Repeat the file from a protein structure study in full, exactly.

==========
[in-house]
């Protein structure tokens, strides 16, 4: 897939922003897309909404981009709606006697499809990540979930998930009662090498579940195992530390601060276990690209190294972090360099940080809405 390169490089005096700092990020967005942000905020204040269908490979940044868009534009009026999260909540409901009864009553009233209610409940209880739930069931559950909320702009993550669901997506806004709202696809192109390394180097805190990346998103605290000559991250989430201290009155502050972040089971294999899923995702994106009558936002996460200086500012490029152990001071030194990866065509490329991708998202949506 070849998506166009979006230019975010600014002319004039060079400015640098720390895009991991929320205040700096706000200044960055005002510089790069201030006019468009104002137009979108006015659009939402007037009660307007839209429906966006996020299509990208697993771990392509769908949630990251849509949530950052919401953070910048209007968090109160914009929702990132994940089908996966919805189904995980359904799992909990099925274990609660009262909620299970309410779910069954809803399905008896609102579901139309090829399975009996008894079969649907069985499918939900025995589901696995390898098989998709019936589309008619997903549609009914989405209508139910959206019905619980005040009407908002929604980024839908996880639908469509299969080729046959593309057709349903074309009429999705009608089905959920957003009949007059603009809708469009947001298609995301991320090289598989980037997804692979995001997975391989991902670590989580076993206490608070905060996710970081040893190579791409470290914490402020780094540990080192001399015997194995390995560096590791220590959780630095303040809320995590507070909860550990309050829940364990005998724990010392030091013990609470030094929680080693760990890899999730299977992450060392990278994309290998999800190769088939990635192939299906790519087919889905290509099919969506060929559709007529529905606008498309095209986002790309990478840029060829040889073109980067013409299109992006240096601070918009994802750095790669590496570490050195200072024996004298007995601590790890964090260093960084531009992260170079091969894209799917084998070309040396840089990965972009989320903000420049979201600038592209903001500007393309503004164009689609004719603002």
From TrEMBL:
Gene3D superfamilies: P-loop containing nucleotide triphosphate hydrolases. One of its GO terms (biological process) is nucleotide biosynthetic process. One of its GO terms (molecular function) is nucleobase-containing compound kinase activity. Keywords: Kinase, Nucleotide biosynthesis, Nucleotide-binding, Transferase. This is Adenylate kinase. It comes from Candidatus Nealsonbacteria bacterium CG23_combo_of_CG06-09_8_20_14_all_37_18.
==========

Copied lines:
[in-house]
């Protein structure tokens, strides 16, 4: 897939922003897309909404981009709606006697499809990540979930998930009662090498579940195992530390601060276990690209190294972090360099940080809405 390169490089005096700092990020967005942000905020204040269908490979940044868009534009009026999260909540409901009864009553009233209610409940209880739930069931559950909320702009993550669901997506806004709202696809192109390394180097805190990346998103605290000559991250989430201290009155502050972040089971294999899923995702994106009558936002996460200086500012490029152990001071030194990866065509490329991708998202949506 070849998506166009979006230019975010600014002319004039060079400015640098720390895009991991929320205040700096706000200044960055005002510089790069201030006019468009104002137009979108006015659009939402007037009660307007839209429906966006996020299509990208697993771990392509769908949630990251849509949530950052919401953070910048209007968090109160914009929702990132994940089908996966919805189904995980359904799992909990099925274990609660009262909620299970309410779910069954809803399905008896609102579901139309090829399975009996008894079969649907069985499918939900025995589901696995390898098989998709019936589309008619997903549609009914989405209508139910959206019905619980005040009407908002929604980024839908996880639908469509299969080729046959593309057709349903074309009429999705009608089905959920957003009949007059603009809708469009947001298609995301991320090289598989980037997804692979995001997975391989991902670590989580076993206490608070905060996710970081040893190579791409470290914490402020780094540990080192001399015997194995390995560096590791220590959780630095303040809320995590507070909860550990309050829940364990005998724990010392030091013990609470030094929680080693760990890899999730299977992450060392990278994309290998999800190769088939990635192939299906790519087919889905290509099919969506060929559709007529529905606008498309095209986002790309990478840029060829040889073109980067013409299109992006240096601070918009994802750095790669590496570490050195200072024996004298007995601590790890964090260093960084531009992260170079091969894209799917084998070309040396840089990965972009989320903000420049979201600038592209903001500007393309503004164009689609004719603002």
From TrEMBL:
Gene3D superfamilies: P-loop containing nucleotide triphosphate hydrolases. One of its GO terms (biological process) is nucleotide biosynthetic process. One of its GO terms (molecular function) is nucleobase-containing compound kinase activity. Keywords: Kinase, Nucleotide biosynthesis, Nucleotide-binding, Transferase. This is Adenylate kinase. It comes from Candidatus Nealsonbacteria bacterium CG23_combo_of_CG06-09_8_20_14_all_37_18.